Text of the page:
Roundup: Reopening Phase 5 begins Sept. 15, shooting leads to attempted murder charge, bees inspire Pictou Co. woman, new Guysborough Co. marina coming

Premier Tim Houston (left) and Dr. Robert Strang. Photo: CNS

Most restrictions will end next week, as Nova Scotia moves into the final phase of its reopening plan, Premier Tim Houston and chief medical officer of health Dr. Robert Strang announced yesterday.

“Today, our vaccination rate is about 72% of the overall population,” says Houston in yesterday’s media update. “And Dr. Strang and his team remain optimistic we reach our threshold rate of 75% by Sept. 15. So based on this outlook … we plan to move forward to Phase 5.”

Wearing masks will no longer be mandatory (except in schools, where the practice will continue until Sept. 20), but remains “strongly recommended” for indoor gatherings. Other public health precautions, like gathering limits and distancing, will also end. Businesses, health-care facilities, and other organizations can set their own policies.

“We must be mindful of the impact the fourth wave is having around the world and across the country,” says Houston. “We want to continue opening up our province and our lives in a way that protects Nova Scotians and minimizes the impact of the Delta variant and fourth wave.”

Starting Oct. 4, Nova Scotia will require a vaccination passport (although government officials aren’t calling it that) for non-essential, discretionary, recreation, and leisure services—such as going to a hockey game, eating in a restaurant, or attending a yoga class. Children too young for vaccination (under age 12) are exempt.

Border screening and self-isolation for travellers continues, with some changes. International travellers will no longer have to fill out the Nova Scotia Safe Check-in form, the isolation requirement for unvaccinated domestic travellers changes from 14 days to a minimum seven days. People who are identified as close contacts of COVID-19 cases but are fully vaccinated don’t need to self-isolate in most cases.

Nova Scotia currently has 61 known active cases of COVID-19, with 14 new cases and 11 recoveries reported yesterday. Nine of the cases are in the Northern Zone (all close contacts of previously reported cases), three are in the Central Zone (two travel-related, one under investigation), one is in the Western Zone (under investigation), and one is in the Eastern Zone (close contact). All are close contacts of previously reported cases.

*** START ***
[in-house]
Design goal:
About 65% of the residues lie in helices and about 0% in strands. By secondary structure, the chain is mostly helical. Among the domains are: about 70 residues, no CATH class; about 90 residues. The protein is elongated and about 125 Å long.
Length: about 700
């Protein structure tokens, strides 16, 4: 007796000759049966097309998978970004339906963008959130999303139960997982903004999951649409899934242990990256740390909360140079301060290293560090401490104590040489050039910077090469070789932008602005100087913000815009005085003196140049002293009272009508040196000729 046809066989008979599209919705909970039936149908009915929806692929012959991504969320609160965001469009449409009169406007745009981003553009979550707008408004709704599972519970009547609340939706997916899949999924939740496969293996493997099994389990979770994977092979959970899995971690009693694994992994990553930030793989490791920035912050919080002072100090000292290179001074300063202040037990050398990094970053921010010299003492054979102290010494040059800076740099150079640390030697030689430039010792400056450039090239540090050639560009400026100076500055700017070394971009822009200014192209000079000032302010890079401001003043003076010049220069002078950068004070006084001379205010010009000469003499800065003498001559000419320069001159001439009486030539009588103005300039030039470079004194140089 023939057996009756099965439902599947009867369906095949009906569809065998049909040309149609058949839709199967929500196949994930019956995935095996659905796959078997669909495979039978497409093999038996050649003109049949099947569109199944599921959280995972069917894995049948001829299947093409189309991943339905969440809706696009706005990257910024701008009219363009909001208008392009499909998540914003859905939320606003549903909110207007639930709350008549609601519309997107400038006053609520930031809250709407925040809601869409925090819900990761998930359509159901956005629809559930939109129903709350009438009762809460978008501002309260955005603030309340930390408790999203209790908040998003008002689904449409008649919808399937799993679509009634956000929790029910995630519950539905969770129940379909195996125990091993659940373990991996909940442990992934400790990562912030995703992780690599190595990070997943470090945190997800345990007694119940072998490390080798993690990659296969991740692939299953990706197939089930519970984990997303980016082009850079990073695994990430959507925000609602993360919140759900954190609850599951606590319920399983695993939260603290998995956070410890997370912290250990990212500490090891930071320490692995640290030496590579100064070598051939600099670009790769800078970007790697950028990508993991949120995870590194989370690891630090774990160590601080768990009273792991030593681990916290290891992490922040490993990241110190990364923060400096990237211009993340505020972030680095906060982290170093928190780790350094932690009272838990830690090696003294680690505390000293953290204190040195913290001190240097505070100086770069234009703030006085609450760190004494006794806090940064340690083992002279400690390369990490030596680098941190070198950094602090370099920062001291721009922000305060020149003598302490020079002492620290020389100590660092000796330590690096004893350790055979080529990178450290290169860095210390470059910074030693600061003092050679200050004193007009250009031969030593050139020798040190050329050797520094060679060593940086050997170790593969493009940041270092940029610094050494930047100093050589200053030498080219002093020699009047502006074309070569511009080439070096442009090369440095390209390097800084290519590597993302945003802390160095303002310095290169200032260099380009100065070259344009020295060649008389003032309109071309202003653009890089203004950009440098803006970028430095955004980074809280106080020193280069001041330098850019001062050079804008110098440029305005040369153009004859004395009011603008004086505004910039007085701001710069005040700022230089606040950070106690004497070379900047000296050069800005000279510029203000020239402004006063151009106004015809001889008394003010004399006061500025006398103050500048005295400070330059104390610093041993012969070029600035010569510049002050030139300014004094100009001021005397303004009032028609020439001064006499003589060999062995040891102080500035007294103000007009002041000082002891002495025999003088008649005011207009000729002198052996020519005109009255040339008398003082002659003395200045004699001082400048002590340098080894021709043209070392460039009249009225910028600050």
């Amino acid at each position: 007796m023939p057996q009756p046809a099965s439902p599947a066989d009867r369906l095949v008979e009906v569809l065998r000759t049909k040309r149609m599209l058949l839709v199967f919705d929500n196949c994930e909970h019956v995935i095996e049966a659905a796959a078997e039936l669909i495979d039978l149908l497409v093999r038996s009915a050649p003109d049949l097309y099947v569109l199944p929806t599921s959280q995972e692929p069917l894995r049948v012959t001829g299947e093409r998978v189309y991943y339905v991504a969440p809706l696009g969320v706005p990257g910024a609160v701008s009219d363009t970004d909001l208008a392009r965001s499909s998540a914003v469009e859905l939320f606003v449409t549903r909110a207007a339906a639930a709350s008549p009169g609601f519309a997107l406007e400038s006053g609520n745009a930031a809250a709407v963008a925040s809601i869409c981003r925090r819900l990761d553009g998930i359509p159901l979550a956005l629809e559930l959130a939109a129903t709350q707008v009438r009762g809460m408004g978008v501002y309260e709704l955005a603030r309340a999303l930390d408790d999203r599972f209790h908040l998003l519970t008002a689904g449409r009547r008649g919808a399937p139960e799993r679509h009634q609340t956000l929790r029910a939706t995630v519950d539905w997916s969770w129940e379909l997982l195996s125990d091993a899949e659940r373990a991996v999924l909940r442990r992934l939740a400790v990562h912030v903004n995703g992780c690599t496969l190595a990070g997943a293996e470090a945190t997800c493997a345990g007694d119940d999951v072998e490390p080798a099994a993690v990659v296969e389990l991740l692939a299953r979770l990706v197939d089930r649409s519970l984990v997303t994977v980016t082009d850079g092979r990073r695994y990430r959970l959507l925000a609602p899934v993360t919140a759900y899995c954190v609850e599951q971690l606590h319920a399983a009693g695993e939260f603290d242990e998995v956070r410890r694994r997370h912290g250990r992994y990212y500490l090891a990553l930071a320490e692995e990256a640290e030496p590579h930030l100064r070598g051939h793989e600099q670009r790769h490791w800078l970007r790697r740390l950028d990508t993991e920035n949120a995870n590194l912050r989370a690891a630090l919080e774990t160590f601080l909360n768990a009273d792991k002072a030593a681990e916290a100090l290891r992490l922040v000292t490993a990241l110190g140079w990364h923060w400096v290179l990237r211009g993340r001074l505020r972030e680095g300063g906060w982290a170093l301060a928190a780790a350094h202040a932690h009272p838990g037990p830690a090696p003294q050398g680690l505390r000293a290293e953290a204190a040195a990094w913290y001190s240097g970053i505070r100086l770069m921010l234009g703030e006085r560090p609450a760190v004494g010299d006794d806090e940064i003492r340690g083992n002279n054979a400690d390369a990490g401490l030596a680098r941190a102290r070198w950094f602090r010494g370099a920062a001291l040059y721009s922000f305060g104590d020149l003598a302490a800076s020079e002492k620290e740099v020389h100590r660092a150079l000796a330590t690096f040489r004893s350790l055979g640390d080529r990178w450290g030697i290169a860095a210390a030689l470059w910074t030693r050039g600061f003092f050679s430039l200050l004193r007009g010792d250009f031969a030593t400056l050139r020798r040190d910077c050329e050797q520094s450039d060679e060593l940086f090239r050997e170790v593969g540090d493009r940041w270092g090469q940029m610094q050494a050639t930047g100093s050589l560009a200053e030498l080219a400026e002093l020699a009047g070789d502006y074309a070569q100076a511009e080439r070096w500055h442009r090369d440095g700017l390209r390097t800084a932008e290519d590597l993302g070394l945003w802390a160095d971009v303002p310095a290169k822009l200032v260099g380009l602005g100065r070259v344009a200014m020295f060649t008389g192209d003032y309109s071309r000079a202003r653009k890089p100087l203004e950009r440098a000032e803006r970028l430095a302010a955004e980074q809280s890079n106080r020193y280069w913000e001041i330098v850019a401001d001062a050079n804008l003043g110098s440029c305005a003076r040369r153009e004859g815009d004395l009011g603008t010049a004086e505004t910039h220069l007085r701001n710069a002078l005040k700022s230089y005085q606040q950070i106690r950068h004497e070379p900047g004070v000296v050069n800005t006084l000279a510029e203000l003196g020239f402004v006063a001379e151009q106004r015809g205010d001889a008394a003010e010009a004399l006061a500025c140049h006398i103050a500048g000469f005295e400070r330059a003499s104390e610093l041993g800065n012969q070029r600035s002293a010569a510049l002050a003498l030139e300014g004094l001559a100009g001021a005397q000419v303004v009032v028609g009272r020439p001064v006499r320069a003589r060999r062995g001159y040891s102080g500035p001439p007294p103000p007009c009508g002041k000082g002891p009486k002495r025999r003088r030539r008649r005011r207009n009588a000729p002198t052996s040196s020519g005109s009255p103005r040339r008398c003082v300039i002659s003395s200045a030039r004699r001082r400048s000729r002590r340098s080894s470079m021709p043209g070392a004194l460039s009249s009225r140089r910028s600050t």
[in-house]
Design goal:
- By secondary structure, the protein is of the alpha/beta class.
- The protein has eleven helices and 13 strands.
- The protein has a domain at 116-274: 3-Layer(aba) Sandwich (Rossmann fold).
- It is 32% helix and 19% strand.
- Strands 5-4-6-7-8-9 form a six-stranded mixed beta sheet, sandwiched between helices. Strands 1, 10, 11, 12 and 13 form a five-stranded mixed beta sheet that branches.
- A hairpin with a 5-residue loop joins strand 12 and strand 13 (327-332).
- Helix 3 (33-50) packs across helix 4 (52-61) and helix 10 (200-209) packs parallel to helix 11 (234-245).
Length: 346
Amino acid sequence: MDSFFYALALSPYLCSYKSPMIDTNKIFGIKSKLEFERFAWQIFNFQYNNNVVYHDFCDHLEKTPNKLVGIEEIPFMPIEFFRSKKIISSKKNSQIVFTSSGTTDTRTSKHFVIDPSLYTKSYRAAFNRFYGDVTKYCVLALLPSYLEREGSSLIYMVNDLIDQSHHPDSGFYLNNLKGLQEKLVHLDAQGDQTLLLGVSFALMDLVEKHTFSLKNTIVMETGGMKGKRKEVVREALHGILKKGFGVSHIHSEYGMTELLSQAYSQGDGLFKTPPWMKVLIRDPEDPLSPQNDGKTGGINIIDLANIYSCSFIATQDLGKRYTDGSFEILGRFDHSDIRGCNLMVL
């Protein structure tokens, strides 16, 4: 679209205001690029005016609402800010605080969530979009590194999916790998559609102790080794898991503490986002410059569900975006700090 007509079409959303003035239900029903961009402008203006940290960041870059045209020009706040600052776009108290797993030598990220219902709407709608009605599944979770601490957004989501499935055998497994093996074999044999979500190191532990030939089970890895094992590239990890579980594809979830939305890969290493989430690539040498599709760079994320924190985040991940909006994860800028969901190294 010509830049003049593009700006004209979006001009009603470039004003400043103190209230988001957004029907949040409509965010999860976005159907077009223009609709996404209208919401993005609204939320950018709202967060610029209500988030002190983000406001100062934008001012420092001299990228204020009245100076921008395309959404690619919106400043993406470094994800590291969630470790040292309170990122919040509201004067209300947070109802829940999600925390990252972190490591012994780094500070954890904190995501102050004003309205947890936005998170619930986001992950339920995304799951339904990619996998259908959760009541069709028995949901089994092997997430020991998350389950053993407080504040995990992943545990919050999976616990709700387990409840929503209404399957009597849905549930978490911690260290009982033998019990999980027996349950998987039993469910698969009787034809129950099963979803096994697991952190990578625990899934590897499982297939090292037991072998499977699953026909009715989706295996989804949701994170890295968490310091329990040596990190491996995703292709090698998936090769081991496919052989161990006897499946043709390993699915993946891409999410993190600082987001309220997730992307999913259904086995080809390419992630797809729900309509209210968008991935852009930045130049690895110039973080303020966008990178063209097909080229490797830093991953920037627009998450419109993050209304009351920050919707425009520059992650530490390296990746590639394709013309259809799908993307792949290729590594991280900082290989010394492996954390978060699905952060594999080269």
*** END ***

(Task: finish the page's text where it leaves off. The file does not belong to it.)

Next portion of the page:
Over the course of the pandemic, the disease has killed 27,106 people in Canada, including 94 Nova Scotians.

We’koqma’q man faces attempted murder charge
Police have charged a Cape Breton man with attempted murder after a Sept. 6 shooting in Egypt Falls that sent the victim to hospital with non-life-threatening injuries.

“Police learned that the man had been in a disagreement with two other men prior to being shot,” says an RCMP press release, adding that police arrested the suspects without incident shortly after the attack.

Donald Joseph Googoo, 35, of We’koqma’q First Nation appeared in Port Hawkesbury Provincial Court on Sept. 7 to answer a charge of attempted murder, and was remanded into custody. He’s scheduled to be back in court on Sept. 9. A second suspect was released uncharged.

The Reporter has details.

Bev Priestman

More than gold
Winning at the women’s soccer gold at the recent Tokyo Olympics is a thrill for Team Canada, of course, but head coach Bev Priestman is most excited about what it’s going to mean for the sport in Halifax and across the country.

“For young kids, they’ve dreamt of moments, and the bronze brought a bit of that to life now, they can dream of being the Olympic champion,” she tells Halifax Magazine in a recent press conference. “For the players, the belief that I felt was missing when I took over is now there. We’ve got to build and capitalize on that.”

The next step is to keep building interest in the sport, particularly after the glow of the Olympics fades.

“There’ll be people who step forward in this country to set beyond a talent system, like an actual professional pathway,” Priestman says. ” Being able to go and watch your heroes play week in, week out, will be critical for the growth of the game.”

Ameeta Vohra reports.

New Guysborough County marina coming
Work is underway on the Salsman Marina Park project in Country Harbour, with plans to open the 12-berth marina this fall.

Municipal Warden Vernon Pitts is excited about the development. “You have Salsman Provincial Park there, plus you have Tate’s campground up the road, you have a couple of stores,” he says. “I think it is going to be good for everyone.”

LighthouseNow has more.

Photo: Steve Goodwin

Bees bring inspiration
Vital pollinators, bees plays a key role in our environment, helping plants of all sorts to reproduce. They’ve always fascinated Marie Lennox, who manages West River Greenhouses, in Pictou County, and now she’s on a mission to help people better understand, foster, and protect the insects, who are under siege from pollution, pesticides, and habitat loss.

She’d like everyone to see their beauty.

“You could sit and watch them all day,” she says. “They just do their thing. I’ve seen probably 10 different varieties of bees … I have definitely seen quite a bit of activity this season, compared to the last couple of years.”

See Steve Goodwin’s story in The Pictou Advocate.

Need to know
Know a community group, good cause, or inspiring local story we should share? Email the editor.

This story was originally published in Halifax Magazine.

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